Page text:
Enjoy free access to this TPM member newsletter. JOIN TPM
One must-read delivered daily to your inbox

Vol 2. No. 21: What’s in the water in Miami?

 Member Newsletter
June 15, 2023 3:40 p.m.

(REMINDER: If you haven’t had a moment to contribute to this year’s TPM Journalism Fund drive, please consider doing so today. It’s as easy as clicking this link.)

Yesterday the mayor of Miami filed paperwork to enter the Republican presidential primaries. But there’s a weird part of his CV. In recent weeks it’s emerged that while mayor he was literally on the payroll of a major city developer, hired to clear up some red tape that was blocking a big new real estate development. You’d think that was clearly a big problem. But it’s Miami. And that hasn’t been totally clear.

Miami, It’s a Whole ‘Nother Country

Originally Published: June 14, 2023 10:42 p.m.

Now that Miami Mayor Francis X. Suarez has filed paperwork to seek the Republican presidential nomination, I’m finally going to write about something that’s been bugging me and making me laugh for a few weeks. Just to keep up on things, I subscribe to a number of papers in swing or swingish states around the country. One of those is the Miami Herald. For several weeks the Herald has been advancing a story about Mayor Suarez and his relationship with one of the city’s rising real estate developers, Rishi Kapoor. In these cases “relationship” usually means a shadowy and uncertain series of ties. But in this case it’s not shadowy: the mayor is literally on Kapoor’s payroll. It’s started with people raising questions about the fact that Kapoor had been working to get a series of accommodations from the city for a major development project and had also been paying Suarez $10,000 a month for vaguely defined consulting services.

I was instantly interested because I didn’t realize you needed to raise questions about a big real estate developer literally having the mayor on his payroll. Bribery is usually a pretty straightforward issue. What’s the question exactly? It’s probably against the law to do that. But this is Miami, so who knows, maybe it’s not that clear cut. And it turns out it’s not.

Suarez and Kapoor initially said Suarez was helping Kapoor find investors for one of his projects, not make the red tape for the big project in Coconut Grove disappear. But then the Herald broke the story that the company’s records made very clear that they were paying the mayor to do just that. Notes from a meeting last summer, in which Kapoor tried reassure skittish investors that the zoning issues would be resolved, read: “Mayor Suarez to assist in pushing this along.”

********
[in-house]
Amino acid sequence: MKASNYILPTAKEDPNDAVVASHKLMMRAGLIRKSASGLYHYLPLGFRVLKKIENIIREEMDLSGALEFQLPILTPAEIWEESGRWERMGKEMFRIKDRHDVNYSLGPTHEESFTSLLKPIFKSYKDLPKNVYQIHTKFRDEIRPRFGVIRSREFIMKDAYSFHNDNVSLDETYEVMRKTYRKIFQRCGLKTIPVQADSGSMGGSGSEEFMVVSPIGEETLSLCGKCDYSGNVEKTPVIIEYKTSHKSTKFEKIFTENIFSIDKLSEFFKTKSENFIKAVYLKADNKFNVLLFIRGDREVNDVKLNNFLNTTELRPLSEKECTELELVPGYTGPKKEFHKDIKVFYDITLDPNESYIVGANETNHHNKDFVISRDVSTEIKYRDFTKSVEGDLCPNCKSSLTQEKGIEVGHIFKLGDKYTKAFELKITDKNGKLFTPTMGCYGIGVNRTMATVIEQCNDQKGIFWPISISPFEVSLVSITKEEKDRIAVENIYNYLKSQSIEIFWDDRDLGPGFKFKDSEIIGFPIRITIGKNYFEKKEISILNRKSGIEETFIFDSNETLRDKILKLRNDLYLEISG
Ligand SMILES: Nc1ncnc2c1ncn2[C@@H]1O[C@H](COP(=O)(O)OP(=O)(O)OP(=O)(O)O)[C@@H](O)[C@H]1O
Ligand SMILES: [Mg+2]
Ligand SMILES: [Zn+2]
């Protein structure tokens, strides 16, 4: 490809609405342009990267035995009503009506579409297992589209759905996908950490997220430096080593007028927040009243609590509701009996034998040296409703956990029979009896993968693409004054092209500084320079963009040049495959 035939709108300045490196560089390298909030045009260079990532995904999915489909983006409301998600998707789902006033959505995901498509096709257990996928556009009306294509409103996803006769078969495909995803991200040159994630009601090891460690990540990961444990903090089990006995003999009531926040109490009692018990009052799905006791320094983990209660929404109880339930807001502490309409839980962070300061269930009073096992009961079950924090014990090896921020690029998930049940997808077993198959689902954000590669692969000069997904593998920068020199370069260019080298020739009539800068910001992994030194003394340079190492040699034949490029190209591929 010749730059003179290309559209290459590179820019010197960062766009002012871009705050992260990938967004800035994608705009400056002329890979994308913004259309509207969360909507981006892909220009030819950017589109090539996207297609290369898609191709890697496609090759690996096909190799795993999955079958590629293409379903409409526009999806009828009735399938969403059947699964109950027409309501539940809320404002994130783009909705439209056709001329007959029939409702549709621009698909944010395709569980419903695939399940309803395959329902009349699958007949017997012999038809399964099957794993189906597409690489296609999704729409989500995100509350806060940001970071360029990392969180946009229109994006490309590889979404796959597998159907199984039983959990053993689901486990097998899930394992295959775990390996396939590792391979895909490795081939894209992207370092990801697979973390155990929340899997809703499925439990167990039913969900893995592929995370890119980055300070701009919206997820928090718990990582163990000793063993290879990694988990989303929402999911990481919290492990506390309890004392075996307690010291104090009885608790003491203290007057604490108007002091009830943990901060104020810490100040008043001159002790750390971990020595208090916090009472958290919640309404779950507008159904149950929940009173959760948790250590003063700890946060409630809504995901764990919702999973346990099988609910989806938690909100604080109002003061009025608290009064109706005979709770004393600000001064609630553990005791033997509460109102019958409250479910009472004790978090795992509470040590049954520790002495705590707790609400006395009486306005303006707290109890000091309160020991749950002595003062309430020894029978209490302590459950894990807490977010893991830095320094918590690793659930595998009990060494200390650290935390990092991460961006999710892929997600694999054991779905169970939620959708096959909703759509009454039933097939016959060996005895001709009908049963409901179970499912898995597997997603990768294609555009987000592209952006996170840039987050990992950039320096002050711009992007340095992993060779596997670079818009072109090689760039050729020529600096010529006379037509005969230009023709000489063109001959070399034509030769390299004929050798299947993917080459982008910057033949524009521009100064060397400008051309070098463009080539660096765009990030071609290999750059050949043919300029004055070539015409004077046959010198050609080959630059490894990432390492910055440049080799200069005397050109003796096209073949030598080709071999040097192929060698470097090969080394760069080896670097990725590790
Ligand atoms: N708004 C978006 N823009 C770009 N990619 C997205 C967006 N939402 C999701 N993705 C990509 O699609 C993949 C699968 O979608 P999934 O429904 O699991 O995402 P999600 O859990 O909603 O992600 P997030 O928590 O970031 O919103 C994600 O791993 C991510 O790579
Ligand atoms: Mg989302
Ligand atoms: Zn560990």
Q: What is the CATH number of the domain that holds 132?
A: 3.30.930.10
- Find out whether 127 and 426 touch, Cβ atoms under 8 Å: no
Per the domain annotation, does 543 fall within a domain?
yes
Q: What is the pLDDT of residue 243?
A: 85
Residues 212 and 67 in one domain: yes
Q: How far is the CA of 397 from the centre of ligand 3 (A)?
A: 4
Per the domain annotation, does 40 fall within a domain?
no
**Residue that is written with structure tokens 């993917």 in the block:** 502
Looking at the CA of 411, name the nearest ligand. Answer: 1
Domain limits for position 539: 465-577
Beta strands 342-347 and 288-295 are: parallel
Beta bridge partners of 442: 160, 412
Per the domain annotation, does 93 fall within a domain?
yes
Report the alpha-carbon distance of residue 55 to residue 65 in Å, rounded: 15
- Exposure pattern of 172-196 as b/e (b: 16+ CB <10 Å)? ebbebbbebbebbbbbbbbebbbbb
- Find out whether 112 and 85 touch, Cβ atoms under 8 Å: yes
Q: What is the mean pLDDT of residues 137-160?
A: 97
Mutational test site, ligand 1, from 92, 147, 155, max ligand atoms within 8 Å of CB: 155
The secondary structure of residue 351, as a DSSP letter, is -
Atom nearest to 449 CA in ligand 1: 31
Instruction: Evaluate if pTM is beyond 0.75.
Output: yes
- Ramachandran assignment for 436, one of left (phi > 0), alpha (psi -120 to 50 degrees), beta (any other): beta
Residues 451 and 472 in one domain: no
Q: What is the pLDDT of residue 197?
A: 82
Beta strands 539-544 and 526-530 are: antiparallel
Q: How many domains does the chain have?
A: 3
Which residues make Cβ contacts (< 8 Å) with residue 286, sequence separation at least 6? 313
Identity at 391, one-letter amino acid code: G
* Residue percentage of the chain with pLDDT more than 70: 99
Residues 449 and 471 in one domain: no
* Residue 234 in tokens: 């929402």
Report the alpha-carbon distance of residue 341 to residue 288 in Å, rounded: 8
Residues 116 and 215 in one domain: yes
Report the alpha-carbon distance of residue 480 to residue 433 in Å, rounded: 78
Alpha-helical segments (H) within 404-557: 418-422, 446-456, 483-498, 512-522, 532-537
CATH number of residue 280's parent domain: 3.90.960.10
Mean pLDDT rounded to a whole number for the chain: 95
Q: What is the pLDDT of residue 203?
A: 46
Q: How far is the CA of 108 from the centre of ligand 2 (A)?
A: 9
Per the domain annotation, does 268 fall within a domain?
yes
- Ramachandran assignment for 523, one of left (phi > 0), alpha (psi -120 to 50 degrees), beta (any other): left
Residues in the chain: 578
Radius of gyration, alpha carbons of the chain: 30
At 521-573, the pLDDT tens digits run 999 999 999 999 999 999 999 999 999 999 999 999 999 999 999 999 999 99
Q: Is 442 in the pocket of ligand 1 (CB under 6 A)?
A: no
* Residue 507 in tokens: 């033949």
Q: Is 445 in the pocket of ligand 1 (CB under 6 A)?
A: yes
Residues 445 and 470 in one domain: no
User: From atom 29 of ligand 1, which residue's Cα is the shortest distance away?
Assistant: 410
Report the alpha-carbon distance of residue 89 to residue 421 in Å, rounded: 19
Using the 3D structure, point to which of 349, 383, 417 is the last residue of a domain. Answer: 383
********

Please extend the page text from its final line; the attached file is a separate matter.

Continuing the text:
Now many small towns have part-time mayors who have other jobs on the side. But Miami is a pretty big city and I’m told real estate is a big thing there. It’s also true that Miami does have a “weak” mayoral system. The mayor and the city council appoint a city manager who runs the city government on a day-to-day basis. So Suarez doesn’t have the kind of command and control power over the city bureaucracy that many big city mayors have. But all this being said, it really doesn’t seem like a stretch to say that it’s not okay for the mayor to work as a “consultant” to real estate developers whose whole business depends on getting stuff handled at city hall.

Over the weekend came news that the FBI is now investigating the payments to the Mayor (which totaled at least $170,000) and the SEC is investigating the real estate developer’s company. So now we’re presumably off to the races.

So with everything going great in Miami, Suarez decided it’s time to seek a big promotion to president. My best guess is that given recent events Suarez thinks that an impending indictment will make him a bigger contender for the nomination than he might otherwise be. And who can say he’s wrong?

Did you enjoy this article?

Join TPM and get The Backchannel member newsletter along with unlimited access to all TPM articles and member features.

I'm already subscribed

Not yet a TPM Member?

I'm already subscribed

One must-read from Josh Marshall delivered weekly to your inbox

Your subscription could not be saved. Please try again.
Your subscription has been successful.

One must-read from Josh Marshall delivered weekly to your inbox

Masthead Masthead
Founder & Editor-in-Chief:
Executive Editor:
Managing Editor:
Associate Editor:
Editor at Large:
General Counsel:
Head of Product:
Director of Technology:
Associate Publisher:
Front End Developer:
Senior Designer: